When Emergency was declared on June 25, 1975, he was arrested under Maintenance of Internal Security Act inspite of the fact that he was a member of the Central Election Committee and Working Committee, top bodies of the Indian National Congress. Shri Chandra Sekhar was among the few individuals in the then ruling party who was imprisoned during the Emergency. His diary, written in Hindi while undergoing imprisonment during the Emergency period, was later published under the title 'Meri Jail Diary'. A well-known compilation of his writings is 'Dynamics of Social Change'.
He became the first president of Janata Party in 1977, when it was formed by the merger of several non-Congress parties. When the Janata Party splintered away, he continued to be president of the original, until 1989, when it was merged with several other non-Congress parties to form the Janata Dal. Shri Chandra Shekhar undertook a marathon walk (Padayatra) through the country from Kanyakumari in the deep South to Rajghat (Samadhi of Mahatma Gandhi) in New Delhi covering a distance of nearly 4260 kms from January 6, 1983 to June 25, 1983. The Padayatra was undertaken to renew rapport with the masses and to understand their pressing problems. Chandra Shekhar's Bharat Yatra, the marathon walk from Kanyakumari to Delhi in 1983, highlighted the problems of rural India, and he established centres in various parts in memory of that. He established some fifteen Bharat Yatra Centres in various parts of the country including Kerala, Tamil Nadu, Karnataka, Maharashtra, Madhya Pradesh, Gujarat, Uttar Pradesh and Haryana to train social and political workers for mass education and grassroot work in backward pockets of the country.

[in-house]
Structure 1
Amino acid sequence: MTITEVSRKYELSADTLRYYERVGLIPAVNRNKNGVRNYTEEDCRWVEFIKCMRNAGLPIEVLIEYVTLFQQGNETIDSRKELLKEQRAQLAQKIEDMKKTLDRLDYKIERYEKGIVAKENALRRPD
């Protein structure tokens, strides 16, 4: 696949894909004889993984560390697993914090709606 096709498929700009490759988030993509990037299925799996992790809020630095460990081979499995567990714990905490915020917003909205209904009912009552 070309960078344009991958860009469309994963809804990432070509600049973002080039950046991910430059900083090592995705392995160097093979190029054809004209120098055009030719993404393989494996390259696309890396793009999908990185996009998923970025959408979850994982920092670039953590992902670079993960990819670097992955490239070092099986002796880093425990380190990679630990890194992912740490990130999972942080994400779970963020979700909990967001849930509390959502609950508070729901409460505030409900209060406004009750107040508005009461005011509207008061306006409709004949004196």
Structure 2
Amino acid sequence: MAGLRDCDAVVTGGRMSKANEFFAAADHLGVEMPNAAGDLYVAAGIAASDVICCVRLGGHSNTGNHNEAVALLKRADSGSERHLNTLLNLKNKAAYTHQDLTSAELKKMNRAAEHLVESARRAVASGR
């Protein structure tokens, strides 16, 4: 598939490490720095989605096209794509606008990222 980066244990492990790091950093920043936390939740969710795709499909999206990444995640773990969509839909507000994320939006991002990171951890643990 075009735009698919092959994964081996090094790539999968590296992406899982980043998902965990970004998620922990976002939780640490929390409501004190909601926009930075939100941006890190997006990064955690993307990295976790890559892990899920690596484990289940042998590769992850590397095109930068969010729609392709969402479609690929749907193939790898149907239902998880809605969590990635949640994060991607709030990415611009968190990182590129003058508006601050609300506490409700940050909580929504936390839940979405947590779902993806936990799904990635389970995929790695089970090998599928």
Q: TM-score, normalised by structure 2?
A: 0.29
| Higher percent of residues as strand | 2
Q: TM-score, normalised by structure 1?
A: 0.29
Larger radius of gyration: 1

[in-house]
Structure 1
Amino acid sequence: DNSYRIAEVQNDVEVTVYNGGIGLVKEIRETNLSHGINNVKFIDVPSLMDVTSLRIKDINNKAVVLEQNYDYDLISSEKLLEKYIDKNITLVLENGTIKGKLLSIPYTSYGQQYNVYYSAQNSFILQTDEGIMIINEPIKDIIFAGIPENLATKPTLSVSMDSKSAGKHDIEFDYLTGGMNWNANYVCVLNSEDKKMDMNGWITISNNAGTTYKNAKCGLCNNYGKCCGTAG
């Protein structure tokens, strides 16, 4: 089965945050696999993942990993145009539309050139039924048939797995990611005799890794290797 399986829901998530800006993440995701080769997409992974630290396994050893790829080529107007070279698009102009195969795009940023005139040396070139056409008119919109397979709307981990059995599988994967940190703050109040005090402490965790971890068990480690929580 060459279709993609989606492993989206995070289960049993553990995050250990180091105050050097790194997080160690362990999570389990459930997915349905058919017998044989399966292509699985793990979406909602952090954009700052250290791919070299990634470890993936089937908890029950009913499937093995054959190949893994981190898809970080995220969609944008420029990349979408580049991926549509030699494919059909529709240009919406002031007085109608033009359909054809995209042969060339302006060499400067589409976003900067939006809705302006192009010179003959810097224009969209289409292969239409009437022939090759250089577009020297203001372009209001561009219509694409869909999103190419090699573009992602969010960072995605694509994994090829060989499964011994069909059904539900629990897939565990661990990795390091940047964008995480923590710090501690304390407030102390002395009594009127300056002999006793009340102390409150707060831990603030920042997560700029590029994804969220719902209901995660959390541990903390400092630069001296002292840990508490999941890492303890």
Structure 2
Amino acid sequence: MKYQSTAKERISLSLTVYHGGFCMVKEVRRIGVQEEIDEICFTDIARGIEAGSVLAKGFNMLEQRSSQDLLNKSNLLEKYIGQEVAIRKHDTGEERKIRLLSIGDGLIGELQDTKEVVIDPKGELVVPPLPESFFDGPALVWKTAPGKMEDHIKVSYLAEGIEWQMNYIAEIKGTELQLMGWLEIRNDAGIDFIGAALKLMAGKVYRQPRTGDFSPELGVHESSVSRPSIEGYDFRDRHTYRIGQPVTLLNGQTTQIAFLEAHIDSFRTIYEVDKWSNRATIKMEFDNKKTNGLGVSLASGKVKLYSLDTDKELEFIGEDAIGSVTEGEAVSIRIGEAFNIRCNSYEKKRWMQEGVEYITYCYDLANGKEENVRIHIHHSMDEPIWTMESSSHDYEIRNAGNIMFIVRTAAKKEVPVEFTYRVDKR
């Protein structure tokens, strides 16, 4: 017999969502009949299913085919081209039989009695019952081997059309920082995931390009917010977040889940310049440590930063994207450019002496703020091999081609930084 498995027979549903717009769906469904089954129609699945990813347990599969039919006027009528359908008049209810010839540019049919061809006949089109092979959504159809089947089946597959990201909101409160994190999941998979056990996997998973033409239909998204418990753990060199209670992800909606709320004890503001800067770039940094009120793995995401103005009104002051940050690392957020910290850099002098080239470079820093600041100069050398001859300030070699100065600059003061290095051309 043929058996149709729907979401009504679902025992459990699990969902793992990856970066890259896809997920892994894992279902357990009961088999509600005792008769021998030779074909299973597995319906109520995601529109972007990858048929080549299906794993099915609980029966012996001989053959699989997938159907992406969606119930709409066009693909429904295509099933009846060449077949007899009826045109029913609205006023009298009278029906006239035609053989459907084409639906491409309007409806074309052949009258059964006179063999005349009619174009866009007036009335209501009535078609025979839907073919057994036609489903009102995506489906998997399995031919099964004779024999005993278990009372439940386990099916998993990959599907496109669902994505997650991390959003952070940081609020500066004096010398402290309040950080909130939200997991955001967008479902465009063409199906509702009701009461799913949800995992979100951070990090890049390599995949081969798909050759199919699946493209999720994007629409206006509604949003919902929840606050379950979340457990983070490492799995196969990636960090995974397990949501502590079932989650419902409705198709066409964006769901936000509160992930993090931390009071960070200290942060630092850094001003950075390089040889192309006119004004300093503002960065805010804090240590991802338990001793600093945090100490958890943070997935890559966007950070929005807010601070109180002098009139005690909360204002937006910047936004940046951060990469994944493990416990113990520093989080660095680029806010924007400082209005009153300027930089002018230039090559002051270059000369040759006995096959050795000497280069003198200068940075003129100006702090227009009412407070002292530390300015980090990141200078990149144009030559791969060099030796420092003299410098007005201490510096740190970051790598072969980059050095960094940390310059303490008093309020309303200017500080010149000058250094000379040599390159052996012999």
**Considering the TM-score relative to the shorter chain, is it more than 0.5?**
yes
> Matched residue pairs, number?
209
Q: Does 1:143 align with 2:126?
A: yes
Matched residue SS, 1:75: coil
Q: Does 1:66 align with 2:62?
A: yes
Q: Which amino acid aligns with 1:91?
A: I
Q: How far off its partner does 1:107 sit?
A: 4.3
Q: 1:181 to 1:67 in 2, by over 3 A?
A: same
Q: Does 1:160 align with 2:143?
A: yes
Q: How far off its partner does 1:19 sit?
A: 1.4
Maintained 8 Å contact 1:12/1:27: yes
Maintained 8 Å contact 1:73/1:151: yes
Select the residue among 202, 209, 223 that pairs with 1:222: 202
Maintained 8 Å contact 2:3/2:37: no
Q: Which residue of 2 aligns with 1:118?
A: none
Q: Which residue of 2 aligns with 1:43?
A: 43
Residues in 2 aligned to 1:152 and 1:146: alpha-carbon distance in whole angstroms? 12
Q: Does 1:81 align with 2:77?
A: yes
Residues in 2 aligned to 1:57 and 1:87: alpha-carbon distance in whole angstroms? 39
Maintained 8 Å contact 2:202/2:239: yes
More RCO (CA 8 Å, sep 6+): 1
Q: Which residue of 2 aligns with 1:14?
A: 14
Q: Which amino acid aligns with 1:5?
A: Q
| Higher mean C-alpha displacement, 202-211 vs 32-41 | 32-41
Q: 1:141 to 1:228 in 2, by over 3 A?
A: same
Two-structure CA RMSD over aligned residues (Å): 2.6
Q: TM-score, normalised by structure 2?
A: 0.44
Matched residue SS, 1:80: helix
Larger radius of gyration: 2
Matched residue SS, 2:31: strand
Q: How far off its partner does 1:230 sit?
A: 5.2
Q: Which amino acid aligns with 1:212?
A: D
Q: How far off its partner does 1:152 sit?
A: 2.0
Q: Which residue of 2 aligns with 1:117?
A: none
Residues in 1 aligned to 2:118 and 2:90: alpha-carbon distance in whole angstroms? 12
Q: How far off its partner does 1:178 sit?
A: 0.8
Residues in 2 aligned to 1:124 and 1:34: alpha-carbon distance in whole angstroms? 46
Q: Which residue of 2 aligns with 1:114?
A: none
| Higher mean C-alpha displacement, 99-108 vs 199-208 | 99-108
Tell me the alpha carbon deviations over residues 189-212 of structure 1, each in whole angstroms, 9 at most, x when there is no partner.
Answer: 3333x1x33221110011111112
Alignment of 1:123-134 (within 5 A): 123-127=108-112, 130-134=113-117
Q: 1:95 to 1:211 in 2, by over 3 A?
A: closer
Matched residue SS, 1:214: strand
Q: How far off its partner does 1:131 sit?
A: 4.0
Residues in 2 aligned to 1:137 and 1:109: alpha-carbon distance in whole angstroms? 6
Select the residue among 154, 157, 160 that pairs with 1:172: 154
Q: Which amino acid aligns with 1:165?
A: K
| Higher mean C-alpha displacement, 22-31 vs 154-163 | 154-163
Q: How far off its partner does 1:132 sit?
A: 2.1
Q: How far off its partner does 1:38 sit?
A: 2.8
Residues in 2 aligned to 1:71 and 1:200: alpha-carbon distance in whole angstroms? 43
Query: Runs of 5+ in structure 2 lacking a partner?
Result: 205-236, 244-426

He always rejected the politics of power and opted for the politics of commitment to democratic values and social change. Shri Chandra Sekhar always stood against politics of personalities and has favored politics of ideology and social change. This propelled him more towards Shri Jayaprakash Narayan and his idealist view of life during the turbulant days of 1973-75. He soon became a focal point of dissent within the Congress Party.
In personal relationships, he was warm, loyal and full of charm, almost to a fault. Barring exceptions like VP. Singh whom he could not stand, Chandrashekhar had a wide circle of friends cutting across parties and ideological divides. When Shri Chandra Shekhar was the Prime Minister, he found a way to make both the sides involved in the Ayodhya tangle, sit across the table and talk.
Popularly called 'adhakshji' for his leadership qualities, Chandrashekhar was a man of many parts and perhaps as many contradictions; he was respected and ridiculed but never dismissed. He revolted against Indira's authoritarian style of functioning but did not hesitate to flout established norms himself. Unmindful of the boost it would give criminals, he adopted mafia don Surajdeo Singh as a friend. He was praised for his six-month 'padyatra' in 1983 but slammed for acquiring land for his Bharat Yatra Kendras.